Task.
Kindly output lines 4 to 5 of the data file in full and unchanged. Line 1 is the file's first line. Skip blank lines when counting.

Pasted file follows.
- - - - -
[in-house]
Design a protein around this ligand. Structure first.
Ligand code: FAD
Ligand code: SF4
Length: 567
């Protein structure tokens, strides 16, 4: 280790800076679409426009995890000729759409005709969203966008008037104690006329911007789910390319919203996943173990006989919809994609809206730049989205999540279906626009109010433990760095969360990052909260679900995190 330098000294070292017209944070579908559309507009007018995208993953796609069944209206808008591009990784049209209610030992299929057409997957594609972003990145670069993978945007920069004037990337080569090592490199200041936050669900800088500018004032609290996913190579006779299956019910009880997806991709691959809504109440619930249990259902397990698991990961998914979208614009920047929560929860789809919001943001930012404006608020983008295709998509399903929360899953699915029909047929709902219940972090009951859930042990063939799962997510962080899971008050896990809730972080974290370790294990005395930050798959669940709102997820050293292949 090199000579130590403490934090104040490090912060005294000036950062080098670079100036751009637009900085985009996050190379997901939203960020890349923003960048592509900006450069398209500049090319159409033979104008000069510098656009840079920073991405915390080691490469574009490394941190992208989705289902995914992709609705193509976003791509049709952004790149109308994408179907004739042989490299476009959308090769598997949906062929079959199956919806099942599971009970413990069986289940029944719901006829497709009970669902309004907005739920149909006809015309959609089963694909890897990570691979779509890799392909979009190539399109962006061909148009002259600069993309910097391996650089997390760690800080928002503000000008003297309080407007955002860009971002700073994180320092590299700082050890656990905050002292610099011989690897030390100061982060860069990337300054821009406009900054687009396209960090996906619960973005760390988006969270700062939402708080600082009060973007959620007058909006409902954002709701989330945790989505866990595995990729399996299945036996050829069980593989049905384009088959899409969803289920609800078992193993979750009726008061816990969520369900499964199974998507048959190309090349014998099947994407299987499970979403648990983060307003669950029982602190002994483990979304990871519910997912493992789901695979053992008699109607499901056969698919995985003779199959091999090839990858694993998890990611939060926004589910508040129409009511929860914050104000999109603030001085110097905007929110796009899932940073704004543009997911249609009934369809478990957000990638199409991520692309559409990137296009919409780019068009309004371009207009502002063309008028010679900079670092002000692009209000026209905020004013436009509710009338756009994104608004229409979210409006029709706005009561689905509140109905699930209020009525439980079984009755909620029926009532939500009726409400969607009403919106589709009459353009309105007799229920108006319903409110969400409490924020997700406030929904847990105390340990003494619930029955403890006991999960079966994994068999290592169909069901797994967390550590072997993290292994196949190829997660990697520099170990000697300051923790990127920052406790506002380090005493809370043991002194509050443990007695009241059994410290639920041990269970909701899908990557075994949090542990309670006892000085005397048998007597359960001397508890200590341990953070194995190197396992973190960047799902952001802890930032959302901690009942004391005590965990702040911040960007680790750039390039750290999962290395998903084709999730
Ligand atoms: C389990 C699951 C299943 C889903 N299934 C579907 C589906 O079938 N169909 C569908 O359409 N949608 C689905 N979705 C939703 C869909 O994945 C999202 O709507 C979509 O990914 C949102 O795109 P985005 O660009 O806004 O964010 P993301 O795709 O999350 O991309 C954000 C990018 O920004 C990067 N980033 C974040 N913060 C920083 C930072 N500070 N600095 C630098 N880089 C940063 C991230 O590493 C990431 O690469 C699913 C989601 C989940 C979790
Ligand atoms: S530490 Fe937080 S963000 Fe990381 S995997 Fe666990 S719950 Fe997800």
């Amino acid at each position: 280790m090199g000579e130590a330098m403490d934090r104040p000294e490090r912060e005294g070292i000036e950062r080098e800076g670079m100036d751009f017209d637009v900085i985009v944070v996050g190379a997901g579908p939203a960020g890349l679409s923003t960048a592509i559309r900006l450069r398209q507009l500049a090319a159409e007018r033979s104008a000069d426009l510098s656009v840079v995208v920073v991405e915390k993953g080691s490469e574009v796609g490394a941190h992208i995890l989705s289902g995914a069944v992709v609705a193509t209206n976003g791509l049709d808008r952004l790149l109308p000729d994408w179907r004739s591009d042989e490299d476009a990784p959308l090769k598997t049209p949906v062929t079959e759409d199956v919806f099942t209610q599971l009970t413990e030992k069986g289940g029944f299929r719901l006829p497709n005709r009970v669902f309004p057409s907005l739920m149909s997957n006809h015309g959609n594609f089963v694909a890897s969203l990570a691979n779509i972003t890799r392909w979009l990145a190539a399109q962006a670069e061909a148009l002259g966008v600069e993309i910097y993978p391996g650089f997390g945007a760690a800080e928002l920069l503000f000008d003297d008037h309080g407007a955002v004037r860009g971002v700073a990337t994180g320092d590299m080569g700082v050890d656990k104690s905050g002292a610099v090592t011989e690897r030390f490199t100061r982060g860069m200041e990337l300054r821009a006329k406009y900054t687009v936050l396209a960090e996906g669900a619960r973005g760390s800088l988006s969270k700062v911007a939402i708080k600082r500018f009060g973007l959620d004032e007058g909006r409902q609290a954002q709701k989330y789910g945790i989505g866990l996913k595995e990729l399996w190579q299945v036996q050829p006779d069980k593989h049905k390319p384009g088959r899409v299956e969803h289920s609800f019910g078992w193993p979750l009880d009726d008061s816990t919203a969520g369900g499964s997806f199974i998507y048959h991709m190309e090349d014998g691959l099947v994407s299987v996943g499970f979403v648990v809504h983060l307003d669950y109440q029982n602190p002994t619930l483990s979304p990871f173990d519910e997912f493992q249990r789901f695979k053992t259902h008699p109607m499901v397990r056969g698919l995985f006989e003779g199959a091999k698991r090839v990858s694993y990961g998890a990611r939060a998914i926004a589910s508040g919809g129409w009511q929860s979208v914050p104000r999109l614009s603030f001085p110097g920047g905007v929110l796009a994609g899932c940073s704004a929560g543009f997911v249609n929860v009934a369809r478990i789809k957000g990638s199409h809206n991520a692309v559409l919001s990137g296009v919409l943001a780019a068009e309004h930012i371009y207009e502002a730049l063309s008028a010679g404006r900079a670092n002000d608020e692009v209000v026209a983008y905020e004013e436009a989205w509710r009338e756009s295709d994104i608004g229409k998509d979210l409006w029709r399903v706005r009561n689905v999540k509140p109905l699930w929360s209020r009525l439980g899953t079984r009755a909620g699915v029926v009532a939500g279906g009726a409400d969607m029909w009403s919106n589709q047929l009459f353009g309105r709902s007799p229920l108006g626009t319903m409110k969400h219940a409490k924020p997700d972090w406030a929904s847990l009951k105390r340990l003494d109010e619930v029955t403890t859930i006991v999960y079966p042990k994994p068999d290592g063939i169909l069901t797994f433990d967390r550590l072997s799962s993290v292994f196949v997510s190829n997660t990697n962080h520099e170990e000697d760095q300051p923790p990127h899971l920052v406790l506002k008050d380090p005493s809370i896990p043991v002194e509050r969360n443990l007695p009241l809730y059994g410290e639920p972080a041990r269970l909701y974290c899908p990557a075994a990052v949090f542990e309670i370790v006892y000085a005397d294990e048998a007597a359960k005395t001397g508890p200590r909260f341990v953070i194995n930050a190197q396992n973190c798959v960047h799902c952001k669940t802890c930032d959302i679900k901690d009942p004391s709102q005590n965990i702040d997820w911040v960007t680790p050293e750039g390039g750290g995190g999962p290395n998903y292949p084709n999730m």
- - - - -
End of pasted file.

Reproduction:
Ligand code: SF4
Length: 567